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Peer groups: Wiston autumn group – second morning

Saturday - the group has now been running for 36 hours or so.  As I'd expected, I slept much better last night than on the first 'just-arrived' night of the group.  Getting up at around 7.00am, I still seemed to be the first person up and about - so it seems the group as a whole slept better!  Yesterday was so full.  To simply report the structure - I'd written, done some yoga exercises, socialised, and meditated before getting to breakfast.  Between 9.45 and 11.15am we met in small "support" groups of 4.  After a coffee break, we then met in the three groups of 12 to 13 for a couple of hours from 11.30 to 1.30.  After lunch many of us walked up Tinto, the hill that rises up beautifully just behind Wiston.  At the top of the hill it was blowing strongly - hard to stay on one's feet weather.  Then back for a game of slippy-slidey football in increasingly heavy rain.  I haven't played football since I was last at Wiston two years ago.  It was brilliant fun.  Then an attempt to find somewhere to hang sopping wet clothes, and arrive almost in time for the start of an afternoon group (in our 12) from 4.30 to 6.30pm.  Early supper at 6.30pm - we get catered for here at Wiston (unlike in the smaller groups at Fawcett Mill) so mealtimes aren't particularly flexible.  After supper two of the groups of 12 met together.  The third group had wanted more time on their own as they were apparently in the middle of something important that had come up.  Then by 9.00pm we'd finished any "formal" group work for the day.  Several people had generously brought wine to share.  Many of us met to talk and sing.  There are quite a few good musicians here - with guitars, and there's a piano.  I headed up to take a bath at about 11.30pm, but a whole crowd stayed on playing music and talking till late.

So that was the structure.  I could write for hours about the content, all the interactions - issues that were worked on in the groups and, just as important it feels to me, the many conversations over meals, on walks, and during all the in-between times.  An extraordinary beehive of complexity.  I'm not going to write about all this in any kind of detail because, absolutely rightly, we agree to keep the group content confidential.  Again quoting the wiki "a core reason for a confidentiality agreement is so that participants feel - whether here on the wiki or in the groups - safe enough to really open up and be authentic. People will vary over what kind of confidentiality agreement best helps them to do this.  The basic default confidentiality agreement should probably be assumed to be 'tight' with nothing personal anyone says being shared outside the group unless they have given their permission. The same goes for photographs, and video or tape recordings."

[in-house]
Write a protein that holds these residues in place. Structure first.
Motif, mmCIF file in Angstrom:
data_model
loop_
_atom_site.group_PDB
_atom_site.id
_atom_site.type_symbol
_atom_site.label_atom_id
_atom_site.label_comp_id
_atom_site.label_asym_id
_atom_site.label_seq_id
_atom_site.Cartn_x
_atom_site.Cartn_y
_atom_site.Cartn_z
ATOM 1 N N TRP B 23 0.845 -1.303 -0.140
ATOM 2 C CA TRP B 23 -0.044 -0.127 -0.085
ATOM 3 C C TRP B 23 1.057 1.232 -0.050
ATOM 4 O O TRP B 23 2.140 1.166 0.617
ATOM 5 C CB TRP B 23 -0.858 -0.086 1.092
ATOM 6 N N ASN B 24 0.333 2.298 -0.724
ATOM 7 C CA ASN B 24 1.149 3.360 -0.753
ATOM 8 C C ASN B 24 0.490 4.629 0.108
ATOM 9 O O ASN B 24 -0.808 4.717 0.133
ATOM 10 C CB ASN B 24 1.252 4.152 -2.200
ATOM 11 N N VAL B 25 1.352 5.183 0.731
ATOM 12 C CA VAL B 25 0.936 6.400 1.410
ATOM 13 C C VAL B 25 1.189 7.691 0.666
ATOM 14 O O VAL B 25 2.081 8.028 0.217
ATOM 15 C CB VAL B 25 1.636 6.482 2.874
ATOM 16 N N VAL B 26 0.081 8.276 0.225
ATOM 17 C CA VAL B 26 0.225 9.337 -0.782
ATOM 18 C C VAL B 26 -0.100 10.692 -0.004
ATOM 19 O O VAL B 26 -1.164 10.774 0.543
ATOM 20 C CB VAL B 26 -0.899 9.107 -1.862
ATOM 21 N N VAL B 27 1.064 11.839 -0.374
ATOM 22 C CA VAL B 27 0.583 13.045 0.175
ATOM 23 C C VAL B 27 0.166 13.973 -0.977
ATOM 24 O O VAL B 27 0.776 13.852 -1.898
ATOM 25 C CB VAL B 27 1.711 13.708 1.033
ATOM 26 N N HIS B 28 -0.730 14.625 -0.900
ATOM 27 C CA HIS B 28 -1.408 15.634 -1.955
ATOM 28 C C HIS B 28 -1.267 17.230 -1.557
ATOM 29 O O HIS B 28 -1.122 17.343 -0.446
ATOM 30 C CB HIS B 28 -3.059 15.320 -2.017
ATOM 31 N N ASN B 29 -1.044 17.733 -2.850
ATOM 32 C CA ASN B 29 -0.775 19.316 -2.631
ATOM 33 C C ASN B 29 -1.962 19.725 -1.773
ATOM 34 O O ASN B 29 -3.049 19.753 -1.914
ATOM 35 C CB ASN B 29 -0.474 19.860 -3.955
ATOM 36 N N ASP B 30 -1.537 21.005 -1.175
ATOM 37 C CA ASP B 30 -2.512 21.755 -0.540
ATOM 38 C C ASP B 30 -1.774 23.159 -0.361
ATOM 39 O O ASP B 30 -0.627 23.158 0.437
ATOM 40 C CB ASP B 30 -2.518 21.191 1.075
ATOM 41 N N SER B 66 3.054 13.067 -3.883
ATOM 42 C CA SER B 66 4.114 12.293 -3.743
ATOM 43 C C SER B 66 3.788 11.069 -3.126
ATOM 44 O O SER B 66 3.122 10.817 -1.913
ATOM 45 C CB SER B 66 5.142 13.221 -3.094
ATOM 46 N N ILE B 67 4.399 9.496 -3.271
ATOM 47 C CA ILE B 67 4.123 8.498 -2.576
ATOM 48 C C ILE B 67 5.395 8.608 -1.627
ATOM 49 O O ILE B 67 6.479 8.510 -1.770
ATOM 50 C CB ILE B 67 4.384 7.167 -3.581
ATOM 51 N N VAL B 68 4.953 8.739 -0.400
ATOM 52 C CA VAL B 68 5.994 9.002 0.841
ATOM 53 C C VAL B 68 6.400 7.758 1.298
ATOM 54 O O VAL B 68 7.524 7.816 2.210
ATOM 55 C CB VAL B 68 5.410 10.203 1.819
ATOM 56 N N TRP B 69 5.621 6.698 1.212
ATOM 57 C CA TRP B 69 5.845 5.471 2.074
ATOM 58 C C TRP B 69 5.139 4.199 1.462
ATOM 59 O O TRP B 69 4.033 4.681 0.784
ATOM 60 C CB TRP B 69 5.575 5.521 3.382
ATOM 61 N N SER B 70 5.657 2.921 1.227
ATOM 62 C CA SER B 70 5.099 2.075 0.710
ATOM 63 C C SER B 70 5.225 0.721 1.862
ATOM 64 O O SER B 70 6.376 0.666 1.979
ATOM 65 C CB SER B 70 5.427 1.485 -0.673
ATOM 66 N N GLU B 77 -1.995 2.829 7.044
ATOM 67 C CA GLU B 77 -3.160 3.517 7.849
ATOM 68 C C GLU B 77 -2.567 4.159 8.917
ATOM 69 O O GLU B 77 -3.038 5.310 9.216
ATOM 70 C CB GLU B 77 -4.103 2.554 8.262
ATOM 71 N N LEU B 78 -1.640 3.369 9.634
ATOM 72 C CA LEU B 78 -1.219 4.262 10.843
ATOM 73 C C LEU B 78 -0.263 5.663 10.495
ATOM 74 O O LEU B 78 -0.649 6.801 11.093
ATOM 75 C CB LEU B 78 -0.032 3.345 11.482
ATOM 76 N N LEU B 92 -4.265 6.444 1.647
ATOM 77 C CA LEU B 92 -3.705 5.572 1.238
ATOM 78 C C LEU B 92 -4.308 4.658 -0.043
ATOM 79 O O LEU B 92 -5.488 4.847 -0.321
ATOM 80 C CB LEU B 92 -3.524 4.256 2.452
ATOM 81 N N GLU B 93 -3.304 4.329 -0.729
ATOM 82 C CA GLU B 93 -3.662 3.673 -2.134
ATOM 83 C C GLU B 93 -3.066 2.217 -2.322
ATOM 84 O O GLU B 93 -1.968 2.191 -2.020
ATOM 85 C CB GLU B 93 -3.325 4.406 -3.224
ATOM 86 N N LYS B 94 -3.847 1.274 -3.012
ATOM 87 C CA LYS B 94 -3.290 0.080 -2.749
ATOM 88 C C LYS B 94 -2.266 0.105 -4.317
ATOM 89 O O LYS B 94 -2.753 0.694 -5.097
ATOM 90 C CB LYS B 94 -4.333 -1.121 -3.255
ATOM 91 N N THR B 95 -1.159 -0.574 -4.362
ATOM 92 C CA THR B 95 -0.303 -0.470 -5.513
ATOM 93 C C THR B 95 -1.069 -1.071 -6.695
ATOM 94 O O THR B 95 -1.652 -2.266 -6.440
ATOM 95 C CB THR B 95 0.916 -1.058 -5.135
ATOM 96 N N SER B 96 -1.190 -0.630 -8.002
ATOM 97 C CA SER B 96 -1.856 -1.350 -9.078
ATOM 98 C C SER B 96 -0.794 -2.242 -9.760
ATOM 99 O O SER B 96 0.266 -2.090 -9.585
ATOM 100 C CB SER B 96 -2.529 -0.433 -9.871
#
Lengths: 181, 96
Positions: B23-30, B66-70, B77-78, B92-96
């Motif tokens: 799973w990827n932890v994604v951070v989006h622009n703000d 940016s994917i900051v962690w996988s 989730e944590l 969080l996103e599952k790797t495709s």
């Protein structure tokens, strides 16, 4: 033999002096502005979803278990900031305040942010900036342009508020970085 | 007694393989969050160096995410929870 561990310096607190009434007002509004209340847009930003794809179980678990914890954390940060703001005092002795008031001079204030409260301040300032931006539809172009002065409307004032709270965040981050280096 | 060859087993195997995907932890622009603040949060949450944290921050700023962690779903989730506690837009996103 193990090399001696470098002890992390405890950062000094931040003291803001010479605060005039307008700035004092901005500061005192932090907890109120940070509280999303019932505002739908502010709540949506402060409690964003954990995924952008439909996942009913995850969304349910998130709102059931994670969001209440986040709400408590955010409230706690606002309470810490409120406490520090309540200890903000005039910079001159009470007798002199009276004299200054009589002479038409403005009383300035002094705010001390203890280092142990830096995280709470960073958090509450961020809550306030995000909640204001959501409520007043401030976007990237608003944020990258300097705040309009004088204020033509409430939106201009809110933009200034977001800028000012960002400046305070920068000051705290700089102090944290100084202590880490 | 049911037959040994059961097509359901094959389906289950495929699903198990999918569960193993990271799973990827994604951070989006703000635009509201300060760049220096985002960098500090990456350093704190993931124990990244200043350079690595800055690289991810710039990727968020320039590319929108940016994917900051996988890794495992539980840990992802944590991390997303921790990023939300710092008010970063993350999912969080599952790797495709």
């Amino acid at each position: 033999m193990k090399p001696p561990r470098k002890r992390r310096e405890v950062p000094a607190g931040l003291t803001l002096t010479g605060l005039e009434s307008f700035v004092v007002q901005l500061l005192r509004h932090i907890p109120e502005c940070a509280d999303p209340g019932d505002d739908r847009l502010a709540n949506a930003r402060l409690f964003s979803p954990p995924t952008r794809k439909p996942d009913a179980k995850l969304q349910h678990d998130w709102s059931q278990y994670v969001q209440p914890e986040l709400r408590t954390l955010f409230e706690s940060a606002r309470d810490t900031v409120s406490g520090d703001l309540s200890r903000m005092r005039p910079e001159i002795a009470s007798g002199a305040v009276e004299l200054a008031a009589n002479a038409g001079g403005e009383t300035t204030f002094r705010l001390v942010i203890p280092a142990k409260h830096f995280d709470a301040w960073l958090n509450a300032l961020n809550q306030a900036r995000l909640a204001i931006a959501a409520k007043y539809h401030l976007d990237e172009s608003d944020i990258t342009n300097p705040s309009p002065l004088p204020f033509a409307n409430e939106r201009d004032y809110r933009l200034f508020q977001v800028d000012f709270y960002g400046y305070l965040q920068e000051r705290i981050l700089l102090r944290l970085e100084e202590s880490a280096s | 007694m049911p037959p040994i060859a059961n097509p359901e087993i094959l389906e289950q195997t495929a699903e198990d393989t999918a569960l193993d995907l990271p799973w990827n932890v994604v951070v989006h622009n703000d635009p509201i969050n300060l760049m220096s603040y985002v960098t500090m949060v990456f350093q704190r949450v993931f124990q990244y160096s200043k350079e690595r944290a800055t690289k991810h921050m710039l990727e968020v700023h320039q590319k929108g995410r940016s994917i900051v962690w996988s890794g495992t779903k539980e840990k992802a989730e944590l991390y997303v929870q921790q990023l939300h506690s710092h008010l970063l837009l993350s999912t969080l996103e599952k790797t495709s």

Two or three points I'll comment on.  One is how well, after supper, I felt we integrated two of the groups of 12-13 that had been working on their own over the day.  We used a "fishbowl" method where each group took 20 minutes in the centre talking about what they felt had worked well in their group over the day, and what had been more of a struggle.  The other group's members simply sat silently, outside the inner group's circle, listening.  After the 20 minutes, the outer group gave some appreciation and other observations.  We then swapped over, with the second group getting 20 minutes in the fishbowl.  I've been to many meetings where subgroups have come back and reported to a full group on how they've been doing.  Seeing the subgroup actually "in operation" was easily the most helpful way that I remember of getting a good sense of what another group has been like.  In fact, for me, 20 minutes was even longer than was necessary to get a good sense of how the other group had been doing.  15 minutes each seemed as though it would probably have been enough.  Well worth remembering this structure.

A second issue I was very aware of was my own occasional awkwardness integrating aspects of myself in this peer group.  I'm a very experienced therapist.  I've also facilitated a lot of groups.  I am, however, here simply as a participant in these peer groups.  I find it a challenge - mostly a good challenge - to work to find a balance with this.  I don't want to use my experience and skills in a way that distances me or disempowers others.  I also don't want to disown or ‘castrate' myself into acting as if I don't have this life experience - sabotaging contributions I can make that could be helpful for others and for myself.  It takes a while for me to get used to the steps of this somewhat different "non professional" dance.    

And more generally there's the challenge of the group exploring why we're here and how we're going to work together.  I have a recurring image of us as lumps of butter softening in a saucepan or a stew gradually simmering and the individual flavours slowly beginning to mix/infuse.

Enough writing for now.  It's time for breakfast ... and our group of 12 are the "sheepdogs" today.  Each of the groups takes on this task for a day of the group.  Today it's our group's responsibility to remind people of agreed structures and timings (for example to let people know when a coffee break is due to end or a group due to start).

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